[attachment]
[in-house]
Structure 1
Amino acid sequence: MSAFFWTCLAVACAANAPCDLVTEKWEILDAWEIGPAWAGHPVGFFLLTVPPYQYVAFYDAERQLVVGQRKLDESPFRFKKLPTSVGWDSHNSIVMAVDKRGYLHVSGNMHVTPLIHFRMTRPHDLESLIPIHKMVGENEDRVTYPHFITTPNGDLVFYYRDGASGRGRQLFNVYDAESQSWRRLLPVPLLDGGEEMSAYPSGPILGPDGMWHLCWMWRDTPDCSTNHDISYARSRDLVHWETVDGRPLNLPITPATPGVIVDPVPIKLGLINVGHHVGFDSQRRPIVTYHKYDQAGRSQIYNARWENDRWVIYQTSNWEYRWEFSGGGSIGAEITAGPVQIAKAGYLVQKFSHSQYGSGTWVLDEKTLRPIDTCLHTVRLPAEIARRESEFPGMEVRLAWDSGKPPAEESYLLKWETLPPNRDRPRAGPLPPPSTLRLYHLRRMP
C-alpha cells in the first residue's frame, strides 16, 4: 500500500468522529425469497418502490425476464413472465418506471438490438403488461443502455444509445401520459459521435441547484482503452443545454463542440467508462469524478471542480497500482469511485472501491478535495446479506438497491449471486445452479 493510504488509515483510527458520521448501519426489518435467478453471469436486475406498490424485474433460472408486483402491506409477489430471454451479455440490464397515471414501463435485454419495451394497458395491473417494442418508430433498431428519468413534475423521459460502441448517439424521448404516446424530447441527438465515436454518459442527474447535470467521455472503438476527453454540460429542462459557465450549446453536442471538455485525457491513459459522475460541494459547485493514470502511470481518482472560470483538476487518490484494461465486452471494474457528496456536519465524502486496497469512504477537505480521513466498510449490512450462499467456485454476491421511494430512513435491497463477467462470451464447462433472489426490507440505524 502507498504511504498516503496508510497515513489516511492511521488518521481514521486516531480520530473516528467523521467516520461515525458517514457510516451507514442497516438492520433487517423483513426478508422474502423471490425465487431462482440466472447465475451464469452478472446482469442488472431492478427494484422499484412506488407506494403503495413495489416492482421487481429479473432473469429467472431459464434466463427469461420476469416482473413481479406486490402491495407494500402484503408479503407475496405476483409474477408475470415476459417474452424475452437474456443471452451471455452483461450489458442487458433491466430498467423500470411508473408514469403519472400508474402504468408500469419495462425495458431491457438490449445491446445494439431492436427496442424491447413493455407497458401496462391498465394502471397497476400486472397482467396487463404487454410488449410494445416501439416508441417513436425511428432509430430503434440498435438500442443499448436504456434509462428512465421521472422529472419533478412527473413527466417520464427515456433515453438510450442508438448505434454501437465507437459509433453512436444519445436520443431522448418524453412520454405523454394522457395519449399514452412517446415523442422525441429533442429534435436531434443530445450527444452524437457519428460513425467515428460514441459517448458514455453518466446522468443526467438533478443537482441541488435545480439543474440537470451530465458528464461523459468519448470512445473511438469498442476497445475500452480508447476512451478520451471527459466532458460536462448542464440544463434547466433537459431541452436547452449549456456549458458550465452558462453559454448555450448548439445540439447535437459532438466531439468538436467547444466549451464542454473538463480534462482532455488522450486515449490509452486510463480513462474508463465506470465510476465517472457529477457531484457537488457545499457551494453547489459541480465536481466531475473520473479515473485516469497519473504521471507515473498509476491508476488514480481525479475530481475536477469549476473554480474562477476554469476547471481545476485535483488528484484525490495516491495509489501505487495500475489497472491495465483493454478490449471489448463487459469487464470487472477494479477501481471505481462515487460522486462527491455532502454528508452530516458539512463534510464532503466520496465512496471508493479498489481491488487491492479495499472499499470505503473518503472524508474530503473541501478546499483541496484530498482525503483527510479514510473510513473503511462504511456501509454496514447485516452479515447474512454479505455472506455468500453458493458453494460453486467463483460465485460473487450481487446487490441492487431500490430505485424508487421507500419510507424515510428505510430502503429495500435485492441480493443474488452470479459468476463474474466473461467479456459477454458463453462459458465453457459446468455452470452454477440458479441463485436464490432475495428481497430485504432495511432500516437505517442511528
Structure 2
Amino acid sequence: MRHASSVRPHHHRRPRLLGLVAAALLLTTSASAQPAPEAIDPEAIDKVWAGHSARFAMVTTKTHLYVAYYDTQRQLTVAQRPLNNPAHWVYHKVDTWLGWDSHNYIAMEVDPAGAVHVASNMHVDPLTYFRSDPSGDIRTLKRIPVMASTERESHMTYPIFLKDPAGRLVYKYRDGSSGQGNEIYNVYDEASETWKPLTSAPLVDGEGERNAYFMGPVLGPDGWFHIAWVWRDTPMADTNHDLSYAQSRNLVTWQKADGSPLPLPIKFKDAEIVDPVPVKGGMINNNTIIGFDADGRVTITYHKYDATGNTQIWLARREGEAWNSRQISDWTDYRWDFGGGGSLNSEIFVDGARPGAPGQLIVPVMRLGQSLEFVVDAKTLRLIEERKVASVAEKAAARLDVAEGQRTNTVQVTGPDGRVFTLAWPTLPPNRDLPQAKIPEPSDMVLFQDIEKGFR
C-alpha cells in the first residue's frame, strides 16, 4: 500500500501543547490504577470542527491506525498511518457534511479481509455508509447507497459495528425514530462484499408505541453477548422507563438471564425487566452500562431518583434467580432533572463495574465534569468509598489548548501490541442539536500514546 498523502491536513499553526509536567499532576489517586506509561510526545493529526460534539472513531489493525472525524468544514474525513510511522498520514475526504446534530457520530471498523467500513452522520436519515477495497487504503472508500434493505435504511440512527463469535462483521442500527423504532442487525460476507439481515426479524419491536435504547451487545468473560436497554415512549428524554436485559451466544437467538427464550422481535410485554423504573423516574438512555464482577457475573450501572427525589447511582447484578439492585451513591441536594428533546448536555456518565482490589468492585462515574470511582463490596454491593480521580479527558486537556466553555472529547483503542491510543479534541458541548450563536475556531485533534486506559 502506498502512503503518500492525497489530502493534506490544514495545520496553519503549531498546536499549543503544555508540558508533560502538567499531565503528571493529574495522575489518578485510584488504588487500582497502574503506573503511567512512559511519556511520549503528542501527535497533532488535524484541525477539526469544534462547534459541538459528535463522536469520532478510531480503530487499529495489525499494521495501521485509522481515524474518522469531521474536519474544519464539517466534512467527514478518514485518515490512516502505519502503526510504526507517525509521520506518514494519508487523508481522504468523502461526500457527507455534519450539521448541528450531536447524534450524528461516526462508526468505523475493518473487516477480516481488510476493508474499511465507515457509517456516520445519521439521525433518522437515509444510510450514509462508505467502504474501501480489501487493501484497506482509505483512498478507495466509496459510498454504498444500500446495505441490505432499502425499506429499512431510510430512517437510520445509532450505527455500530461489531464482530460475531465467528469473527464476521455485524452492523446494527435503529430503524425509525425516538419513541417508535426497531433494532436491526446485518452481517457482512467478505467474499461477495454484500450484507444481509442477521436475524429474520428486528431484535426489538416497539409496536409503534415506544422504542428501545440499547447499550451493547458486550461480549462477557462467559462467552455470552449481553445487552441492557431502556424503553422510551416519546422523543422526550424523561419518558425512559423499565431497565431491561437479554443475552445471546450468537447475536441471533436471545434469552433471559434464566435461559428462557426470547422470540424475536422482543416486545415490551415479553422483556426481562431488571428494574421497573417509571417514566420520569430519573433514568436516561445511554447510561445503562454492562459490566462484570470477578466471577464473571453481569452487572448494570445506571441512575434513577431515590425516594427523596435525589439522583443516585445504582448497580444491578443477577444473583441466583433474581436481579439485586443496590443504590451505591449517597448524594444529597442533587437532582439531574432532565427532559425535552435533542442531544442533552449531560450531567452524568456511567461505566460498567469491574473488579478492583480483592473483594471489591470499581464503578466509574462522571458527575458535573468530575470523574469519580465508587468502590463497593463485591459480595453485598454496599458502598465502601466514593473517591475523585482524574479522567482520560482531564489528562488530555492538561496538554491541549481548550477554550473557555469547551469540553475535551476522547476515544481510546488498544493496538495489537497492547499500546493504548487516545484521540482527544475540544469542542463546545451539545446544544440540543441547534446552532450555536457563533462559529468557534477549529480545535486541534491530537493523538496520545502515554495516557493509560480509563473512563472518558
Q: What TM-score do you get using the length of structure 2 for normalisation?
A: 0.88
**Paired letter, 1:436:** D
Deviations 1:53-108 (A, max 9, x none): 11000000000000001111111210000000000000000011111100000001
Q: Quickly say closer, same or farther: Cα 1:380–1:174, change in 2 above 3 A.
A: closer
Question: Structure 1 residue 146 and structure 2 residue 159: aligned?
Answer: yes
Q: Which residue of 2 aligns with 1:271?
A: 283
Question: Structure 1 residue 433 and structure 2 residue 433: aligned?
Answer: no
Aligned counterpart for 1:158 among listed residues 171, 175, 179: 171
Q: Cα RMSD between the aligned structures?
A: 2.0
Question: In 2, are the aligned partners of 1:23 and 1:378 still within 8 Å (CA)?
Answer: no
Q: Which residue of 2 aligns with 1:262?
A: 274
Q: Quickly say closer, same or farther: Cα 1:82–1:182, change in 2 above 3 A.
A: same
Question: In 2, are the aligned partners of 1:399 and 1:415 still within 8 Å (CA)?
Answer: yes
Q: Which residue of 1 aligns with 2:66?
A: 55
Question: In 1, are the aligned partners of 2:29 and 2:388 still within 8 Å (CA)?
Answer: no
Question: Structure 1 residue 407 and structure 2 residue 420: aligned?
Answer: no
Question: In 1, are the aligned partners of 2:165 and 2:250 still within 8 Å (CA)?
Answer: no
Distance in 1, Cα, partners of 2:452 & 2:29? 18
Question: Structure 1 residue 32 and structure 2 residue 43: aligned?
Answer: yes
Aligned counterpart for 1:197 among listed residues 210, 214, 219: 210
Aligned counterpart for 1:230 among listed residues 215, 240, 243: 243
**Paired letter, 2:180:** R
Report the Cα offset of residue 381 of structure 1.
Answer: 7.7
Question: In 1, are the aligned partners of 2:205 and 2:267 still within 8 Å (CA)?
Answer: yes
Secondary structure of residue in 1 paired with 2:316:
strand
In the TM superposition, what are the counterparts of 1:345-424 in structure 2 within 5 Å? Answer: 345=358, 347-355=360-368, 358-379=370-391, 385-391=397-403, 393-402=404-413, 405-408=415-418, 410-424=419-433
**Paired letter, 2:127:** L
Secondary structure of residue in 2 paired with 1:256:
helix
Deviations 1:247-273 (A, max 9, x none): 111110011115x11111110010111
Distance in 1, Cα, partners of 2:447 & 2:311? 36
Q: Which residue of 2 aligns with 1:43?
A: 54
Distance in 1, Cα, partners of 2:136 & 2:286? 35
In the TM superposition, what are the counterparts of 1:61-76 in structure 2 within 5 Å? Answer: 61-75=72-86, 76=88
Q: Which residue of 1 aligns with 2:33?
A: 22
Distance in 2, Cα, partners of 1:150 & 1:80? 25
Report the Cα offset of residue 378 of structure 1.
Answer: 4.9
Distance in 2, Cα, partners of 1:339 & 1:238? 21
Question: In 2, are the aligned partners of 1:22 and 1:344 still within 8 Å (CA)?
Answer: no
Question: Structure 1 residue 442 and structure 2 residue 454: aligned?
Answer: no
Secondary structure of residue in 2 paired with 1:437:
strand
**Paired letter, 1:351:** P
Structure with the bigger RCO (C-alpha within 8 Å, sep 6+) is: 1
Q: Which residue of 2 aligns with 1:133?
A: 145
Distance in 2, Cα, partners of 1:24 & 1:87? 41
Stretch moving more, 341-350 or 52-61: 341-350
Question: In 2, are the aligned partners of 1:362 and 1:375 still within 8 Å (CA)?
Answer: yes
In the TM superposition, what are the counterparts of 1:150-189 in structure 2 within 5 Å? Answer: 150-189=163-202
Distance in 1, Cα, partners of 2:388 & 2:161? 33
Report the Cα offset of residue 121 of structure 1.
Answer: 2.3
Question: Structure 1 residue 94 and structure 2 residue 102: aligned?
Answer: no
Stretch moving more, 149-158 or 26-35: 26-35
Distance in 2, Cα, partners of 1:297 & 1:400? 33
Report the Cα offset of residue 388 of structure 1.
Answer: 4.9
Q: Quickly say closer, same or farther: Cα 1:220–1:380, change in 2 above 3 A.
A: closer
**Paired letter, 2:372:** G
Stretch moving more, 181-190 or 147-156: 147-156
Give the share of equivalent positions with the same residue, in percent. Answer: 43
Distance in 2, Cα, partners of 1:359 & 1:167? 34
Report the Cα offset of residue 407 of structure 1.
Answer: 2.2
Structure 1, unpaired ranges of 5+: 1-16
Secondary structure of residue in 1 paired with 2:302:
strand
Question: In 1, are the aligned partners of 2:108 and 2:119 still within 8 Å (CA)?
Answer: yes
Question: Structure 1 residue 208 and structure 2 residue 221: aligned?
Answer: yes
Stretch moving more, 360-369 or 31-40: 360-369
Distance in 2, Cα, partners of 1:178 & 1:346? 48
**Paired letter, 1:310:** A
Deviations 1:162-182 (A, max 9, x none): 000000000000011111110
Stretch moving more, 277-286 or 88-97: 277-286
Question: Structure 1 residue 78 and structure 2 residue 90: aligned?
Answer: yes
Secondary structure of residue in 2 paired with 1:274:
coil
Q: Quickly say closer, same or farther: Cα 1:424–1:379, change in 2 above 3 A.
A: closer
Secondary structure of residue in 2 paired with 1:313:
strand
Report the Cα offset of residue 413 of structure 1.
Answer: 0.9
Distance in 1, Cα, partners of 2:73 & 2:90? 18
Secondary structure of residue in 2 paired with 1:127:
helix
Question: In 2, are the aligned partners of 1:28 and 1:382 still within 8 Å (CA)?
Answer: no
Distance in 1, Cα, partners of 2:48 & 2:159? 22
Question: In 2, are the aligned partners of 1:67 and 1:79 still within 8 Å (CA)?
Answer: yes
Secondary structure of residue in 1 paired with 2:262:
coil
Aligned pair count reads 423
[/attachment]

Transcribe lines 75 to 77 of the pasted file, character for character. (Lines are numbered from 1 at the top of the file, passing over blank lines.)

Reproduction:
Q: Which residue of 2 aligns with 1:133?
A: 145
Distance in 2, Cα, partners of 1:24 & 1:87? 41